Counties complete bird counts
This winter, bird watchers in Trumbull and Mahoning counties helped keep count of the various species of birds in the area, submitting totals to the National Audubon Society.
Trumbull County’s Christmas Bird Count was held Dec. 15. Birds were counted in a 15-mile radius, which included Champion, Southington, West Farmington, North Bloomfield, Bristolville, Mecca, Cortland and Kent State University at Trumbull.
Carole Babyak, coordinator of the local effort, said the Christmas Bird Count has been done nationally since 1900 and in Trumbull County since 1976. The count is entered on the National Audubon Society website and used as a database for bird population research.
”Many people help by watching their bird feeders,” she said.
Babyak said comparing the Trumbull County count of 2013 with the 2012 results shows how important the weather can be. The high temperature for the Dec. 14, 2012, bird count was 57.
”The mild weather did not freeze lakes and ponds, so ducks lingered in their migration and 15 species of ducks were tallied,” she said.
During this year’s count, the high temperature was 28, with 5 inches of snow on the ground, cold temperatures, freezing lakes and streams, which resulted in only two species of ducks counted.
Highlights of the count included: 67 mallards and one green-winged teal, while more than 2,000 mallards tallied in 2012. There ware also 366 red-winged blackbirds tallied in 2012, while only one remained for the 2013 count. Pine siskins came further south last year, but were absent this year. Horned larks, which visit farmers’ fields, were counted both years.
Rough-legged hawks and a northern shrike were counted in 2013, indicating that they came farther south. Sandhill cranes have been increasing their population in Trumbull County, and one bird was found during the count in spite of the snow and cold.
Babyak said bluebirds have increased as a result of bluebird nest box trails. Last year 60 were counted, and 59 were found in 2013, indicating a fairly stable winter population.
A total of 24 bald eagles – 15 adults and nine immatures – were counted this year, an increase over last year’s 18 bald eagles (11 adults and seven immatures).
Babyak said the results showed that eagles can survive frozen lakes, snow and cold temperatures. Tundra Swans migrate through the county during spring and their return to the Chesapeake Bay every year, 49 were counted this year.
Babyak said every Christmas bird count ever done is available on the Audubon website.
Researchers use the data from the CBC to study fluctuating bird populations. Weather has to be a consideration, but other factors are important.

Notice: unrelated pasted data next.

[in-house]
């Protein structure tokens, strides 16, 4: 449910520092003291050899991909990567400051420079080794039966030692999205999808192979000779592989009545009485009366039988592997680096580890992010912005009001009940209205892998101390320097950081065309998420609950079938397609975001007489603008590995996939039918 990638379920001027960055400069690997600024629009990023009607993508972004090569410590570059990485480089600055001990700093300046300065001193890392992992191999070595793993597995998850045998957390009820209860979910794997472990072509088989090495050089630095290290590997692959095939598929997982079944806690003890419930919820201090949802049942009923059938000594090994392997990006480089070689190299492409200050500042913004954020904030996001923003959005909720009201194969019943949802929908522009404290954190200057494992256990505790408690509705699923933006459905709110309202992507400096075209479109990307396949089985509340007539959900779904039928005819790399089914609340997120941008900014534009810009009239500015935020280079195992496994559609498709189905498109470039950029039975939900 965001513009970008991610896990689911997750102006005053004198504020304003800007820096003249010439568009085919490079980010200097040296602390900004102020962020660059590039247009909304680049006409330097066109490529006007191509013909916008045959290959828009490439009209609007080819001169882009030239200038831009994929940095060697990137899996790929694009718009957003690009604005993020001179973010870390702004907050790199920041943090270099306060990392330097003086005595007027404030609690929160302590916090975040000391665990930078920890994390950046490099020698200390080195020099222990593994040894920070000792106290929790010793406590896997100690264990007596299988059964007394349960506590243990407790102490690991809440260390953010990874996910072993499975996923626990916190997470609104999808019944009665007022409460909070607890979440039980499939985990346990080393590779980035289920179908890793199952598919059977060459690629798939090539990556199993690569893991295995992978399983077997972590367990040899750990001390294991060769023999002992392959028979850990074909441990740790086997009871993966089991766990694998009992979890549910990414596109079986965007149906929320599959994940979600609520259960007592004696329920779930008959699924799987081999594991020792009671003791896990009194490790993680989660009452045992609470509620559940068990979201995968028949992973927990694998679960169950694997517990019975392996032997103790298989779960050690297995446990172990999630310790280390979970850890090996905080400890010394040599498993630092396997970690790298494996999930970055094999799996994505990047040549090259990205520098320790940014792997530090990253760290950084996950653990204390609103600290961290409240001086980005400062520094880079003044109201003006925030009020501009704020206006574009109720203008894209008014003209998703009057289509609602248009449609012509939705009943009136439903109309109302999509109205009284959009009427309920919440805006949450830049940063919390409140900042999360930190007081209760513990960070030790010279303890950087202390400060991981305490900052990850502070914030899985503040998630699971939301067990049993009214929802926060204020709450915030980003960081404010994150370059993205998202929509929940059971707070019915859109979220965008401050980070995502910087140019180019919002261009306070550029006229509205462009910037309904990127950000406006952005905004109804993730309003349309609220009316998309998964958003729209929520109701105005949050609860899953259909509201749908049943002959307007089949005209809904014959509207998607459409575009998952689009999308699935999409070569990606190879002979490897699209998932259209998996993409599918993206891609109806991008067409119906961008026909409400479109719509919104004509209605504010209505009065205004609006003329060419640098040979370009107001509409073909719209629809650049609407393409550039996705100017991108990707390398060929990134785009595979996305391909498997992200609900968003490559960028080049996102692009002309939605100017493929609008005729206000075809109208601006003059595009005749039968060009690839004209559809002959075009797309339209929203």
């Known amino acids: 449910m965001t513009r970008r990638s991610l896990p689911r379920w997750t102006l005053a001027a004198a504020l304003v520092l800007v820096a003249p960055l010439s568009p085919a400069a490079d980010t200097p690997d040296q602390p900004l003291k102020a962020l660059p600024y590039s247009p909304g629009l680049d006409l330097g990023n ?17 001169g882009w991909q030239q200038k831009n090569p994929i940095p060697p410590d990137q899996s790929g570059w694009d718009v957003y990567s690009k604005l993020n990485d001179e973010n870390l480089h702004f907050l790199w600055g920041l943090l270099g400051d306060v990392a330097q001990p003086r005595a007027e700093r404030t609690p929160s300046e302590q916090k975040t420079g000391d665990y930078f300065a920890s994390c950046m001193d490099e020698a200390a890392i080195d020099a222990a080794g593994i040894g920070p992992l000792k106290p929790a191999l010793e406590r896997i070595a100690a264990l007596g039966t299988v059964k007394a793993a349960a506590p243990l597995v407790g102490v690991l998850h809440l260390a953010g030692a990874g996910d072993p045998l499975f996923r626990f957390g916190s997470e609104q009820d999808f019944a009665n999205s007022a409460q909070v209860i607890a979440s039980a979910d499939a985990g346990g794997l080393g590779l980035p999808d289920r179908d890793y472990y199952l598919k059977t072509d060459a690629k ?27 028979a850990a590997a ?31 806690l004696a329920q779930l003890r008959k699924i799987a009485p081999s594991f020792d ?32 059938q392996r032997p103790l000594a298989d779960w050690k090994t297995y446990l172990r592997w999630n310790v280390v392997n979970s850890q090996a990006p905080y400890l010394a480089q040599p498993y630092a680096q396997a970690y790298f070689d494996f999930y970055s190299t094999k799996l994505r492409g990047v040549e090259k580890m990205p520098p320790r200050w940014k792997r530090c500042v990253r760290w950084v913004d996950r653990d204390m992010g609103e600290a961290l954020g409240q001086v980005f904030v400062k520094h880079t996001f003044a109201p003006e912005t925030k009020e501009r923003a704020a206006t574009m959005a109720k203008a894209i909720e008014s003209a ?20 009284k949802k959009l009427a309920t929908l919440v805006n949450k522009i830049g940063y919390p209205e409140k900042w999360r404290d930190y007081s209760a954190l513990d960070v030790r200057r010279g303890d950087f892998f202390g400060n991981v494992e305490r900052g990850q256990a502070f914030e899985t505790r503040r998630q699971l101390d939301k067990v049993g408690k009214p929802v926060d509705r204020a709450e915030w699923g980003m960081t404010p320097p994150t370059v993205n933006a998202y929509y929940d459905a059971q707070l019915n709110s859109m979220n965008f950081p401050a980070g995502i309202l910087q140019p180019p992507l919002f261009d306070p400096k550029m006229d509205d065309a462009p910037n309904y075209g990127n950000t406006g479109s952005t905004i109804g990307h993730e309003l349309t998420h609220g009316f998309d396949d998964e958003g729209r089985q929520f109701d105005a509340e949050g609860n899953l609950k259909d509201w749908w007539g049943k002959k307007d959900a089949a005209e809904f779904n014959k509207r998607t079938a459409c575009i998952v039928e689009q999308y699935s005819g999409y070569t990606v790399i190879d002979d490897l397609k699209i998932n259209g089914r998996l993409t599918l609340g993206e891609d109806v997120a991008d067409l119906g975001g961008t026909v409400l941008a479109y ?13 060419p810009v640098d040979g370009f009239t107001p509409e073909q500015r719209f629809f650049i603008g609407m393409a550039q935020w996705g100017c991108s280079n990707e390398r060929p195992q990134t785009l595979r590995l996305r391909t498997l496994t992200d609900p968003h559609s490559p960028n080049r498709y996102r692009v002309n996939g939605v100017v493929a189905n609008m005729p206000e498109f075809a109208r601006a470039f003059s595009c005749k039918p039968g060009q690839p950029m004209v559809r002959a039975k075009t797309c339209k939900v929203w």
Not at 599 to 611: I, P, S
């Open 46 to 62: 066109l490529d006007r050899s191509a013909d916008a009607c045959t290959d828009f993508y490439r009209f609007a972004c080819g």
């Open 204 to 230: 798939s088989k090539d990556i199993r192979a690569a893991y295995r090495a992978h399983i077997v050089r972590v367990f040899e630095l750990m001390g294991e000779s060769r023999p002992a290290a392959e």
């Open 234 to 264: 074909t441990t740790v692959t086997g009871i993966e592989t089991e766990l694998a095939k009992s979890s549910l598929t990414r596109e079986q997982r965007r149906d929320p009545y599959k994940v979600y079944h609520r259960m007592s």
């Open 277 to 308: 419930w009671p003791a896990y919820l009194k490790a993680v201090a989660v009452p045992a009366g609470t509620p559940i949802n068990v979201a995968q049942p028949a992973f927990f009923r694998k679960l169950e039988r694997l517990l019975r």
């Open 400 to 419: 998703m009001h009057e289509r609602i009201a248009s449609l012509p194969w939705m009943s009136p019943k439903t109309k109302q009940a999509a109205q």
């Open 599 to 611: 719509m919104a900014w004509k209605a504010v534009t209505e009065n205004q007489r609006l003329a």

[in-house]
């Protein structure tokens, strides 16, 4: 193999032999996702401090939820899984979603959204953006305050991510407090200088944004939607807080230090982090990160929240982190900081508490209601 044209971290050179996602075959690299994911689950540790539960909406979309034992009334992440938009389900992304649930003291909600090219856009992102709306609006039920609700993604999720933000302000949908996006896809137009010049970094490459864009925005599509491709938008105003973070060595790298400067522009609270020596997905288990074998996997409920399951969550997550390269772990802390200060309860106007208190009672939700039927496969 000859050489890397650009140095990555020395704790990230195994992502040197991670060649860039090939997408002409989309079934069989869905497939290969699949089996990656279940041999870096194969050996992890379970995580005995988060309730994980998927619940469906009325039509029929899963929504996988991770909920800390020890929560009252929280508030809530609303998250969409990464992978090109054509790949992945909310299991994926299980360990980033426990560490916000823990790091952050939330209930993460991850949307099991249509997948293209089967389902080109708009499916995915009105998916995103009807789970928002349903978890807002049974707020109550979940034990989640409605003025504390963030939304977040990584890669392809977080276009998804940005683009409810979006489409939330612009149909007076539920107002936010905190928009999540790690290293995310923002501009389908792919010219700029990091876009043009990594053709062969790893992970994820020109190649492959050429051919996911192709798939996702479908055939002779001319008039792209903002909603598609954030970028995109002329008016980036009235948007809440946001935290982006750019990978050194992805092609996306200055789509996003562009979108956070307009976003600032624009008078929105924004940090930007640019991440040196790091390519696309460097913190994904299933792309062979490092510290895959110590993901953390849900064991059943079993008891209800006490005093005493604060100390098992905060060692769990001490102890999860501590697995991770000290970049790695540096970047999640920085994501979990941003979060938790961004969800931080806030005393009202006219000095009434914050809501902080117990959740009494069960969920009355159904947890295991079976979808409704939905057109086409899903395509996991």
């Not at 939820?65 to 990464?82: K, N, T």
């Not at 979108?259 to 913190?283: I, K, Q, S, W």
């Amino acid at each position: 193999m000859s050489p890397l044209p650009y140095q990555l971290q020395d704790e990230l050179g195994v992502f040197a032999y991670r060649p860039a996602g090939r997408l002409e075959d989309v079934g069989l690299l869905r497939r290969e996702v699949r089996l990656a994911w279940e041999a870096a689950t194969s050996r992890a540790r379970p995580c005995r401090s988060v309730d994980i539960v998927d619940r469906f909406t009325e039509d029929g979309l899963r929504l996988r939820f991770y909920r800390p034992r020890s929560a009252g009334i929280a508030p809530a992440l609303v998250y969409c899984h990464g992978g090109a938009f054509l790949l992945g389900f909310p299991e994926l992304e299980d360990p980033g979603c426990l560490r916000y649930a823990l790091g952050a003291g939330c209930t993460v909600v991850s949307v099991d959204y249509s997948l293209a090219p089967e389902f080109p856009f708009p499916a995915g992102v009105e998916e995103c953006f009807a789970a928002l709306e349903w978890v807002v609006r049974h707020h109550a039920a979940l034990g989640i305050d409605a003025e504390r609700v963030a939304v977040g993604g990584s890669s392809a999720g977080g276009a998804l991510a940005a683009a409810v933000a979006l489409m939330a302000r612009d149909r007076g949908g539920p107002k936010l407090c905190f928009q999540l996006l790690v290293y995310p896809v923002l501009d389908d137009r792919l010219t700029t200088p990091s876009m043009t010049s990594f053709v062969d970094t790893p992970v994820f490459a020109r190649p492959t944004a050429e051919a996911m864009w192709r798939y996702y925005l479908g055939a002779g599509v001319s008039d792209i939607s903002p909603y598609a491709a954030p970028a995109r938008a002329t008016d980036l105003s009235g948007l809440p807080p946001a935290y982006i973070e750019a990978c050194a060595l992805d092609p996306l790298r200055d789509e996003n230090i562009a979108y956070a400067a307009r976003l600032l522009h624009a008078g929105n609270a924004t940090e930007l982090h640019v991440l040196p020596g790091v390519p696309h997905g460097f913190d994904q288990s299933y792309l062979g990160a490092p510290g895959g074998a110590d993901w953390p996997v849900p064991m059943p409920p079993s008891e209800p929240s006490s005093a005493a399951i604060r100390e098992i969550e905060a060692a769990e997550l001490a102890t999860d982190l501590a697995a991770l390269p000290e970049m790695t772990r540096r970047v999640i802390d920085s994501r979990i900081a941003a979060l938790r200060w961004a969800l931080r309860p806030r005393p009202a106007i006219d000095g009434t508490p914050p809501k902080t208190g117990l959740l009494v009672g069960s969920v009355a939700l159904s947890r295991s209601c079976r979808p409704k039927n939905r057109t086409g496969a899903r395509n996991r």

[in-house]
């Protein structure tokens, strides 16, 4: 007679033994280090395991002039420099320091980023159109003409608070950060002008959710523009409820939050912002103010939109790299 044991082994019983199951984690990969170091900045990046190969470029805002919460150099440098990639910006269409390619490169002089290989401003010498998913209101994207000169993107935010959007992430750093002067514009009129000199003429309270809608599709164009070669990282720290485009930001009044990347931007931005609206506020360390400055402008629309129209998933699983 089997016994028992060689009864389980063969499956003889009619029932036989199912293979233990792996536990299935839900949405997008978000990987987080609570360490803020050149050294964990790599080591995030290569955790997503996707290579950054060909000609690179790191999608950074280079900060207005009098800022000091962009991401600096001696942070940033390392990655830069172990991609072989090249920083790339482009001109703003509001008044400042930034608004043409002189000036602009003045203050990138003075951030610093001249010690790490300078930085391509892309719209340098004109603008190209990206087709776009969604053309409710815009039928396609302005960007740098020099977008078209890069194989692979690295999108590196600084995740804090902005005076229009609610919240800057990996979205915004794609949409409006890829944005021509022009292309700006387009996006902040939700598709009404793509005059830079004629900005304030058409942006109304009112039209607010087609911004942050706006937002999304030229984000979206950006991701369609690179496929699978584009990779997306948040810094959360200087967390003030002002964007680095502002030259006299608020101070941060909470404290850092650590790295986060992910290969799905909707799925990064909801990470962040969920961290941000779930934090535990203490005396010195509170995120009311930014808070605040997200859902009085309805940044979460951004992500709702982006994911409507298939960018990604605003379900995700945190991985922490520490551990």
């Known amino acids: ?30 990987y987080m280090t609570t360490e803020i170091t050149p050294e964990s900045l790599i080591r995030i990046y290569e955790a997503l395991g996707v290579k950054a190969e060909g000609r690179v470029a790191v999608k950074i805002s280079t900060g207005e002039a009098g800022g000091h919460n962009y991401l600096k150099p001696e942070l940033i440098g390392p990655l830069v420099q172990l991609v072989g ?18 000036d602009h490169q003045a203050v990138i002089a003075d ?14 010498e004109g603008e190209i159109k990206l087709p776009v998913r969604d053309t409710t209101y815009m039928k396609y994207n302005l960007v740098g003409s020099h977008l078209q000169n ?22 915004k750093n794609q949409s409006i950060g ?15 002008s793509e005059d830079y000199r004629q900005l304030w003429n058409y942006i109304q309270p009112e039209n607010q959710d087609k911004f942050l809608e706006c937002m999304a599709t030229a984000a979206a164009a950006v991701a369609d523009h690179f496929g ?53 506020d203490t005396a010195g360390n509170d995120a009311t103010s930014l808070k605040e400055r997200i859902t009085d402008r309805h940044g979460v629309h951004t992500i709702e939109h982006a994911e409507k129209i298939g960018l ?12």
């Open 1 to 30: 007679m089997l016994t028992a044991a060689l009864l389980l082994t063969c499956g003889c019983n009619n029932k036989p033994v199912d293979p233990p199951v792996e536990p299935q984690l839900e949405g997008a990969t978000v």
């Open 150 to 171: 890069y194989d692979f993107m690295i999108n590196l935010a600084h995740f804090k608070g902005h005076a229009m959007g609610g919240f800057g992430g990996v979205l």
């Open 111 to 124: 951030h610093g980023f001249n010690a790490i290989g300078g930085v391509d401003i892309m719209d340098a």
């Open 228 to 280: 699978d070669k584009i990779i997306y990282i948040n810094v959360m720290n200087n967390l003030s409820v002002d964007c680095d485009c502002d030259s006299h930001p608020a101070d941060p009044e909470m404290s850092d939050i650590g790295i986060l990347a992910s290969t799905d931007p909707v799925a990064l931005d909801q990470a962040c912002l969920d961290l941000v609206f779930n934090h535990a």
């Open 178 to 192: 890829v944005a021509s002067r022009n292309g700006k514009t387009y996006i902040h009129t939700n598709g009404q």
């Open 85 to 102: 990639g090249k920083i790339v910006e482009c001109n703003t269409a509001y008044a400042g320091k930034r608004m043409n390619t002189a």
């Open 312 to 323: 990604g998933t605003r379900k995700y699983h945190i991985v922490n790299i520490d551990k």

For example, Babyak said the bald eagle declined in the past as a result of DDT, a pesticide, inhibiting calcium reproduction in the female eagle. After laying the egg, the weight of the incubating mother would crush the egg. When DDT was removed from the environment, the eagles recovered and increased.
“Trumbull County is the second-highest county in Ohio for numbers of eagles’ nests,” she said.
The bird count is hosted by the National Audubon Society and Cornell Lab of Ornithology in partnership with Bird Studies Canada. There are 65 different counts in Ohio.
In 1900, ornithologist Frank Chapman of the American Museum of Natural History in New York City began the Christmas Bird Count.
Gary Meiter, coordinator of the Mahoning Valley Chapter backyard bird count, said George L. Fordyce, a prominent Youngstown merchant devoted to birds and Mill Creek Park, joined the effort in 1904. The area has participated ever since.
Meiter said the 15 miles in diameter encompasses the Greater Youngs-town area, Salem and Beaver Creek.
Meiter said there was a total of 62 species counted on Dec. 14 plus a Northern Shrike, seen on Dec 12.
”Although most of the still water was frozen, we had a good selection of waterfowl concentrated on some open water at Evans Lake,” he said.
Meiter said beyond the usual Canada geese and mallards, one snow goose, 15 American black ducks, 67 gadwall, one greater scaup, nine buffleheads, 22 common goldeneye, 41 hooded mergansers, one red-breasted merganser and 153 ruddy ducks were counted. Also sighted was one horned grebe, a water bird.
Meiter said some unusual birds found were a merlin, a glaucous gull, a pine warbler, and a summer tanager. The glaucous gull is a large, pale gull that nests in the Arctic. It is regular on Lake Erie in winter, but unusual inland in Ohio. The pine warbler generally winters from North Carolina south to Florida and west to eastern Texas. The usual wintering grounds for the summer tanager is from central Mexico south to the Brazilian Amazon.
In addition to the merlin, raptors included four bald eagles and various owls and hawks.
Meiter said the greater scaup, a duck, was unusual to see in the area since the lesser scaup is more common.
Meiter said a flamingo previously sighted in the area probably escaped from a zoo.